UpGuard researcher Chris Vickery recently found as many as 14 million Verizon customers' names, addresses, account details and account PINs in a misconfigured and publicly accessible Amazon S3 bucket.
Vickery notified Verizon of the data exposure on June 13, but the data wasn't protected until June 22.
"Beyond the sensitive details of customer names, addresses and phone numbers -- all of use to scammers and direct marketers -- the prospect of such information being used in combination with internal Verizon account PINs to take over customer accounts is hardly implausible," UpGuard cyber resilience analyst Dan O'Sullivan wrote in a blog post examining the breach.
Crucially, the cloud server in question wasn't being managed by Verizon -- it was owned and operated by third-party vendor NICE Systems, which was using the database to log customer call data.
Some files on the server also held internal data from NICE customer Orange S.A.
"Third-party vendor risk is business risk; sharing access to sensitive business data does not offload this risk, but merely extends it to the contracted partner, enabling cloud leaks to stretch across several continents and involve multiple enterprises," O'Sullivan noted.
In response, Verizon said in a statement that "to the extent PINs were included in the data set, the PINs are used to authenticate a customer calling our wireline call center, but do not provide online access to customer accounts."
Verizon also said UpGuard's claims are incorrect regarding the number of customer accounts exposed. "The actual number is approximately 6 million unique customers," the company said.
Most importantly, the company said, "We have been able to confirm that the only access to the cloud storage area by a person other than Verizon or its vendor was a researcher who brought this issue to our attention. In other words, there has been no loss or theft of Verizon or Verizon customer information."
Verizon is right to be concerned about its customers' reaction to the breach. Last fall, an AlertSec survey found that 97 percent of U.S. residents said data breaches unsettle them and result in negative brand perception.
"Customers who are affected by data breaches suffer a significant loss of trust," AlertSec CEO Ebba Blitz told eSecurity Planet by email. "According to our study, nearly one in three Americans said it would take them several months to begin trusting a company like Verizon again following a data breach."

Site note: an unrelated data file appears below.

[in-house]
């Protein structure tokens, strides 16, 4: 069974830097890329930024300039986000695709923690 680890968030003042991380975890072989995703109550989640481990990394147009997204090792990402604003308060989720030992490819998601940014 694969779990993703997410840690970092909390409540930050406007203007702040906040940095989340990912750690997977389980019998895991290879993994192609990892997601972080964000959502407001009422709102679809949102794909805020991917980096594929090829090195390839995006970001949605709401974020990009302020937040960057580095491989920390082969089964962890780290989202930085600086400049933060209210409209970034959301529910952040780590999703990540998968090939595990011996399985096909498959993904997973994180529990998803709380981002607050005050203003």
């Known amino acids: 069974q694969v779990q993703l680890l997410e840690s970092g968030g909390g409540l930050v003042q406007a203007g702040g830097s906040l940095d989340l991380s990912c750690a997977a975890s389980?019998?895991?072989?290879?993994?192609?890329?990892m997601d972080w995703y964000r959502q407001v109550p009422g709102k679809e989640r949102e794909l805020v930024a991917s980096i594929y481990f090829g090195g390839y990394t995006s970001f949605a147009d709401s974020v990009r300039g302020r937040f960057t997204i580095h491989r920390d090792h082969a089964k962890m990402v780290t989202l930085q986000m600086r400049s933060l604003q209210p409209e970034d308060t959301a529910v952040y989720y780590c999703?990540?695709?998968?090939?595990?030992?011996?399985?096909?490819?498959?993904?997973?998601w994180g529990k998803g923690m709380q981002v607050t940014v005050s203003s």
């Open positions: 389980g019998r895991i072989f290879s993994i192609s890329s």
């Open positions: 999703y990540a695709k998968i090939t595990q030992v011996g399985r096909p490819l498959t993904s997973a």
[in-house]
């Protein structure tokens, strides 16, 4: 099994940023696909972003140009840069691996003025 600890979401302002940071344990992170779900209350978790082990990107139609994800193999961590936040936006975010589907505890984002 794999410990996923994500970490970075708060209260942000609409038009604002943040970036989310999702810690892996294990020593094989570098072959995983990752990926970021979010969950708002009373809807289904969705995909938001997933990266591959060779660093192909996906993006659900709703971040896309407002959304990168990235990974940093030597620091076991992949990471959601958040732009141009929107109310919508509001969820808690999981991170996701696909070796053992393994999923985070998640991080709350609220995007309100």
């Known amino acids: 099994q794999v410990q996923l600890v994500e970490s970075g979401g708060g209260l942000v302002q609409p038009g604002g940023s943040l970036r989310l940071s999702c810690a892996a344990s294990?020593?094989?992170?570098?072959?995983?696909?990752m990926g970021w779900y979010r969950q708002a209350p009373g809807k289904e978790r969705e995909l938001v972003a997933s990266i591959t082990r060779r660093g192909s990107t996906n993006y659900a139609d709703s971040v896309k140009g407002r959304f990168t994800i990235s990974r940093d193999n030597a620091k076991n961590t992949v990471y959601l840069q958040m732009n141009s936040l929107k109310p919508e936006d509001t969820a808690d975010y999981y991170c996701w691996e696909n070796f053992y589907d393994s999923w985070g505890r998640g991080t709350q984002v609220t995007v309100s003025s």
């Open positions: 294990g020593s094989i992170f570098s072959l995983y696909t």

Virsec vice president of marketing Willy Leichter said by email that the breach should result in some heated high-level discussions at both NICE and Verizon. "If the European General Data Protection Regulation (GDPR) was in effect (it is starting in May 2018), there could be a fine as large as $5 billion (4 percent of annual revenue) for this single incident," he said.
Ensuring Cloud Security
To prevent issues like these, key best practices for cloud security including encrypting data both in motion and at rest, ensuring all compliance requirements are met, and conducting audits and penetration testing on a regular basis.
Ryan Wilk, vice president for customer satisfaction at NuData Security, noted that this is the fourth exposure of sensitive data on an unsecured server in less than a month. "It doesn't take sophisticated hacking skills to access an unsecured server -- fraudsters just need to know where to look," he said. "Companies that handle personal data need to up their game, not only by being vigilant about server security but also by incorporating the latest technologies to protect their consumer accounts."
Bitglass CEO Rich Campagna said by email that the Verizon breach should server as a reminder that cloud services can be secure, but it's up to the organizations using them to ensure that they're configured securely. "This massive data leak could have been avoided by using specific data-centric security tools, which can ensure appropriate configuration of cloud services, deny unauthorized access, and encrypt sensitive data at rest," he said.
"Companies like Verizon must put policies in place that require third-party vendors like NICE to adequately protect any customer data that touches the cloud," Campagna added.